Strains Limited— Strains, for short — is situated about an hour north of Toronto. It may look like any other farm in the area, but as you approach, you may detect a pungent, earthy waft of cannabis in the air.
Unassuming from the outside, this state-of-the-art facility is a high-tech operation. The water, temperature, humidity and lighting are all meticulously monitored to dial in the ideal growing conditions for flavourful, terpene-rich flowers.
Strains began as a passion project. Master grower Andrew Maharaj joined the team early on — one of the founders, Kun Kar, was a childhood friend.
In its first days, Strains focused on processing hash and other concentrates, building a reputation in the legacy market for interesting cultivars and valuing quality over quantity. While its methods today may be more sophisticated, its core values remain unchanged.
As you might expect from a cannabis brand called Strains, unique genetics are a point of pride. Their in-house pheno-hunting ensures they deliver only exceptional products. “We select our cultivars first on taste and [sensation]. From there, we run them again multiple times to find the best environment for them to grow and express their full potential,” explains Maharaj.
After watching how well the plants grow throughout their life cycle, Maharaj decides which strains will make the final cut. “What sets us apart is that, if a strain grows finicky, doesn’t yield well or doesn’t have the highest potency, we still see value in it [if consuming it is a] great experience. That’s really what makes it high-grade.”
Two of Strains’ most popular offerings are Varnish Vapor and Runtz. The two strains are in production full-time to keep up with demand, though Maharaj notes they are only two cultivars in a genetic library of more than 100 exclusive varietals from the largest breeders in the world, with a few other strains on standby, waiting to be swapped in.
The limited space of Strains’ facility forces them to be selective about which cultivars to grow at a time. Having recently acquired a research and development license, they’re looking to try out some new strains soon, and to expand the operation. “We’re working with other growers, seeing if they can grow some of our genetics,” says Maharaj.
Terpenes and taste > THC
Cleanliness and a consistent climate are important for all growers, especially when you care about terpenes and taste as much as Maharaj does. “A lot of terpenes evaporate quickly,” he explains. Maharaj uses a dry-curing process, keeping the growing climate cool but not too dry so the taste of each strain is preserved. “We found that this helps us have the cleanest taste and burn possible.”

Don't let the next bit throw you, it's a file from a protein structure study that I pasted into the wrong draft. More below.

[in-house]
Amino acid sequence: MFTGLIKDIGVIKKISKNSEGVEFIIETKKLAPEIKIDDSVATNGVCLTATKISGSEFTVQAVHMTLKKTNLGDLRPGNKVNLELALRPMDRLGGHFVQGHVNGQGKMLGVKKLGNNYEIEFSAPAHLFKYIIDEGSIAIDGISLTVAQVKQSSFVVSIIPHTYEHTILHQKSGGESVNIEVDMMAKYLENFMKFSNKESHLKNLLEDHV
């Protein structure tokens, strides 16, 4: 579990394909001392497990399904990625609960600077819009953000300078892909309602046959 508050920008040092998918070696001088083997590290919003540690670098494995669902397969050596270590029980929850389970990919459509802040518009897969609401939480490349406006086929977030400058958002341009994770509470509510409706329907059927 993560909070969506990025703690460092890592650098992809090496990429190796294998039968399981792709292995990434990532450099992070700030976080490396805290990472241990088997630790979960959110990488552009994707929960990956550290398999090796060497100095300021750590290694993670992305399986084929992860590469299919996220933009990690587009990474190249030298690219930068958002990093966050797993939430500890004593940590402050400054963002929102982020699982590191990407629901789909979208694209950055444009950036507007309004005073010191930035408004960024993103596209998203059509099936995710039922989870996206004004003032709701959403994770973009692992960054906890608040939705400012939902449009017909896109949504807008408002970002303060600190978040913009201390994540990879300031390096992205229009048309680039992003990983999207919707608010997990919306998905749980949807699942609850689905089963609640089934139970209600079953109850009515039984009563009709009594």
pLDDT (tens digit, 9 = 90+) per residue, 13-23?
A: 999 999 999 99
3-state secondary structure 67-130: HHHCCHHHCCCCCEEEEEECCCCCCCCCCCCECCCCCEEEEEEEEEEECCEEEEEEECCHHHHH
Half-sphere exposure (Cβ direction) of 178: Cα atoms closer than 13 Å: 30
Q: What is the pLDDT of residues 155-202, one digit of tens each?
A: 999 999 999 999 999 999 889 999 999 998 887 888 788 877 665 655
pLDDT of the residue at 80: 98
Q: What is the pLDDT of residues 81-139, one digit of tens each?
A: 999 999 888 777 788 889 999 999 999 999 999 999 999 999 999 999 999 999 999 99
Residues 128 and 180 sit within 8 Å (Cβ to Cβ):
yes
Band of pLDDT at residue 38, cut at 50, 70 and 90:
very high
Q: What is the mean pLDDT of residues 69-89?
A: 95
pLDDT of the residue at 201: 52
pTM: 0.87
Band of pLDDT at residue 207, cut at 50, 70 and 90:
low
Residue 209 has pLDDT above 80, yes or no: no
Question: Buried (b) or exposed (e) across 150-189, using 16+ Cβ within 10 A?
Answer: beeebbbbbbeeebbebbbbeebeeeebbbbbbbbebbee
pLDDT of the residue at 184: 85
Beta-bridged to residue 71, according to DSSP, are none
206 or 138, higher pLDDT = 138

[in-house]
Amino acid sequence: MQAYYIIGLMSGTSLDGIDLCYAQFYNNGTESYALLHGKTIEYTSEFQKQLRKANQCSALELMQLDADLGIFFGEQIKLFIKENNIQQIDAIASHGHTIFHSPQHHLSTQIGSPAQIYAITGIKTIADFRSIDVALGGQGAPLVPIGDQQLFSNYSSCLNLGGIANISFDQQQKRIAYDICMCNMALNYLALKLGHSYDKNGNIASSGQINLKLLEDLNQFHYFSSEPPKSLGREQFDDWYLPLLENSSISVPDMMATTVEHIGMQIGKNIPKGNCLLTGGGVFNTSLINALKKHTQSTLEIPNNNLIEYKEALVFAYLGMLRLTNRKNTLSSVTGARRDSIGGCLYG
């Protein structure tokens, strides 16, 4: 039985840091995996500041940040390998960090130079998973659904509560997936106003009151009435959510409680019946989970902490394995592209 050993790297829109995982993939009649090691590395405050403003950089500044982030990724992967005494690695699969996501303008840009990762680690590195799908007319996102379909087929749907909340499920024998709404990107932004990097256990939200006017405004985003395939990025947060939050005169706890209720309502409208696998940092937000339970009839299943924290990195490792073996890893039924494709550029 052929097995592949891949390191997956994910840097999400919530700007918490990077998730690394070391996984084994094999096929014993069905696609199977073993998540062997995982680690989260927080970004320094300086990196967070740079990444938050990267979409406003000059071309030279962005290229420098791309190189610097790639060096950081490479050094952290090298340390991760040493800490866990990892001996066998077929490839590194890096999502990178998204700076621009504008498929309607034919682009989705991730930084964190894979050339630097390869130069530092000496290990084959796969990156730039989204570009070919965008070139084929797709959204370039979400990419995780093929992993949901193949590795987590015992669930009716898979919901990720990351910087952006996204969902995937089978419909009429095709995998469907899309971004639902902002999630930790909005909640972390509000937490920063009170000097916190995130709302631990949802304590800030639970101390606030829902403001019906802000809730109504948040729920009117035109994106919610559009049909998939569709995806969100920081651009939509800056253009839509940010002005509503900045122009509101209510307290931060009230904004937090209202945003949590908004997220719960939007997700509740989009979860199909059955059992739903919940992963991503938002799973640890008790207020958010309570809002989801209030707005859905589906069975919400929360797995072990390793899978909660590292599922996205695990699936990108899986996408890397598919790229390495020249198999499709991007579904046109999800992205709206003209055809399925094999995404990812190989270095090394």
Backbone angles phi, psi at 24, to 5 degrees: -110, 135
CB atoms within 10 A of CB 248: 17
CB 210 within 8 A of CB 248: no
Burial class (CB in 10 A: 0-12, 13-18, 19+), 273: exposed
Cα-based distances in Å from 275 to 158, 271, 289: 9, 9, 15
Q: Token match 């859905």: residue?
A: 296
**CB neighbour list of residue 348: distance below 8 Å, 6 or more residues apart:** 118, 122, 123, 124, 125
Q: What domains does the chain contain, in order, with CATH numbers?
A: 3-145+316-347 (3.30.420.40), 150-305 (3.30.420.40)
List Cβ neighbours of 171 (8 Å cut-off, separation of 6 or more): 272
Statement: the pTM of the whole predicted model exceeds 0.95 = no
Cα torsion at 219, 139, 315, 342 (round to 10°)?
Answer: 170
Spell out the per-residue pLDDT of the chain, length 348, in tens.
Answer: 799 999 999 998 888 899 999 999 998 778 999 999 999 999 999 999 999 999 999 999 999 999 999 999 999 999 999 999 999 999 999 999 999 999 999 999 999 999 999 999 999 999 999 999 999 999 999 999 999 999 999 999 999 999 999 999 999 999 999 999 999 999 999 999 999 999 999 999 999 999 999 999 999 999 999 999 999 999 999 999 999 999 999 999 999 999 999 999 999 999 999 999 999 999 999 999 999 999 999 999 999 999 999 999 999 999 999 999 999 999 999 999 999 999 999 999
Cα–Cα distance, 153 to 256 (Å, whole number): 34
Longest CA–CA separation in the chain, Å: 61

In the growing room, plants are kept at the same height to ensure they have equal access to light. Different microclimates emerge at different heights and that can affect the flavour. Because Strains doesn’t use pesticides, it focuses on prevention, protecting the plants with beneficial insects, like pirate bugs and predatory mites (Orius insidiosus, Neoseiulus californicus and Amblyseius swirskii) that naturally control potential threats.
It's a decidedly advanced operation for the former legacy grower, who has expanded his knowledge and expertise since legalization. “Honestly, I came from a world of watering cans and backyard hoses,” says Maharaj.
“When I first walked in here, it was overwhelming. I didn’t know how to use the computer or any of the equipment,” he says. Unlike in the legacy market, where it was always a bit of a mystery how his plants would be doing each morning, Maharaj can now remotely control the temperature and humidity of any room so it’s consistent from corner to corner. “I can do all this from home,” he says, looking over a monitor, “but I like to come in because there are still some things we do by hand, like watering the mother plants.”
It’s this hands-on approach and commitment to terpenes over THC that defines Strains. “I care more about having an enjoyable smoke,” Maharaj says. “It’s not just about the THC.”
His interest in cannabis is long-standing, sparked by a 1990s David Suzuki documentary about the medical potential of cannabis. in the 90s and recalls this as a pivotal moment for his future. Maharaj speaks about his love for the industry saying: “I love being a part of growing a living thing especially when I see how that living thing can help people.”